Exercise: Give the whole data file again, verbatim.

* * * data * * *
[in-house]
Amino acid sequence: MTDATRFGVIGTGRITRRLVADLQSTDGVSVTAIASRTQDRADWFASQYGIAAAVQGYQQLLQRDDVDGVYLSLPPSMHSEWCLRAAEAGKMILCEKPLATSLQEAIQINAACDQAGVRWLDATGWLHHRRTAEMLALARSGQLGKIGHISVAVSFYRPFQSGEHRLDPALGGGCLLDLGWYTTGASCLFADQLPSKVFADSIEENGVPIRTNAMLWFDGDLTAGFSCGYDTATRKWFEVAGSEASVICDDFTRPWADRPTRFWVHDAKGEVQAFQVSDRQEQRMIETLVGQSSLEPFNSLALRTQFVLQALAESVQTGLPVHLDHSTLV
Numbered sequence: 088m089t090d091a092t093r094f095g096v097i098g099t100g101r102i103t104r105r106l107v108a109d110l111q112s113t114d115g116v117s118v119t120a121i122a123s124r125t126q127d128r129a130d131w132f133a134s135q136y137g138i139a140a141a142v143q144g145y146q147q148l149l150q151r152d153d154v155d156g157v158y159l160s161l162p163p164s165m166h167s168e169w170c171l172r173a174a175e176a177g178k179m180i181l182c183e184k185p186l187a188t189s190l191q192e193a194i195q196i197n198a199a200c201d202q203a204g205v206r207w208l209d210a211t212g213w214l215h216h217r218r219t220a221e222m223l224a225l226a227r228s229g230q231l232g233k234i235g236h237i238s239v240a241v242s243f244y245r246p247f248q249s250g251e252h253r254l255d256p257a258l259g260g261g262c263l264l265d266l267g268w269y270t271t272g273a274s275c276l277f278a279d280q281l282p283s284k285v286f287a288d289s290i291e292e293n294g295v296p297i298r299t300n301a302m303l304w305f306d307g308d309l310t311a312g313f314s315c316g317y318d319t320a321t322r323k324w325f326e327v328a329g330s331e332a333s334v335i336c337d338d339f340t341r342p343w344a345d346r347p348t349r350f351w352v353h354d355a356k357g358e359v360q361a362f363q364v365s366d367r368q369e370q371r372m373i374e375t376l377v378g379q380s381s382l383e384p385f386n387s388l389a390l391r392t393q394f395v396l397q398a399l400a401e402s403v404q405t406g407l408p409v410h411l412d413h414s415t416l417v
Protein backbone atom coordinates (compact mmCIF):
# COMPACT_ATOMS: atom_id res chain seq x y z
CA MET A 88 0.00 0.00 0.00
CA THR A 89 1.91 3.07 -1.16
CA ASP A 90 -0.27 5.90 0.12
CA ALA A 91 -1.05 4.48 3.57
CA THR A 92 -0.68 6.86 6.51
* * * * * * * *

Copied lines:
[in-house]
Amino acid sequence: MTDATRFGVIGTGRITRRLVADLQSTDGVSVTAIASRTQDRADWFASQYGIAAAVQGYQQLLQRDDVDGVYLSLPPSMHSEWCLRAAEAGKMILCEKPLATSLQEAIQINAACDQAGVRWLDATGWLHHRRTAEMLALARSGQLGKIGHISVAVSFYRPFQSGEHRLDPALGGGCLLDLGWYTTGASCLFADQLPSKVFADSIEENGVPIRTNAMLWFDGDLTAGFSCGYDTATRKWFEVAGSEASVICDDFTRPWADRPTRFWVHDAKGEVQAFQVSDRQEQRMIETLVGQSSLEPFNSLALRTQFVLQALAESVQTGLPVHLDHSTLV
Numbered sequence: 088m089t090d091a092t093r094f095g096v097i098g099t100g101r102i103t104r105r106l107v108a109d110l111q112s113t114d115g116v117s118v119t120a121i122a123s124r125t126q127d128r129a130d131w132f133a134s135q136y137g138i139a140a141a142v143q144g145y146q147q148l149l150q151r152d153d154v155d156g157v158y159l160s161l162p163p164s165m166h167s168e169w170c171l172r173a174a175e176a177g178k179m180i181l182c183e184k185p186l187a188t189s190l191q192e193a194i195q196i197n198a199a200c201d202q203a204g205v206r207w208l209d210a211t212g213w214l215h216h217r218r219t220a221e222m223l224a225l226a227r228s229g230q231l232g233k234i235g236h237i238s239v240a241v242s243f244y245r246p247f248q249s250g251e252h253r254l255d256p257a258l259g260g261g262c263l264l265d266l267g268w269y270t271t272g273a274s275c276l277f278a279d280q281l282p283s284k285v286f287a288d289s290i291e292e293n294g295v296p297i298r299t300n301a302m303l304w305f306d307g308d309l310t311a312g313f314s315c316g317y318d319t320a321t322r323k324w325f326e327v328a329g330s331e332a333s334v335i336c337d338d339f340t341r342p343w344a345d346r347p348t349r350f351w352v353h354d355a356k357g358e359v360q361a362f363q364v365s366d367r368q369e370q371r372m373i374e375t376l377v378g379q380s381s382l383e384p385f386n387s388l389a390l391r392t393q394f395v396l397q398a399l400a401e402s403v404q405t406g407l408p409v410h411l412d413h414s415t416l417v
Protein backbone atom coordinates (compact mmCIF):
# COMPACT_ATOMS: atom_id res chain seq x y z
CA MET A 88 0.00 0.00 0.00
CA THR A 89 1.91 3.07 -1.16
CA ASP A 90 -0.27 5.90 0.12
CA ALA A 91 -1.05 4.48 3.57
CA THR A 92 -0.68 6.86 6.51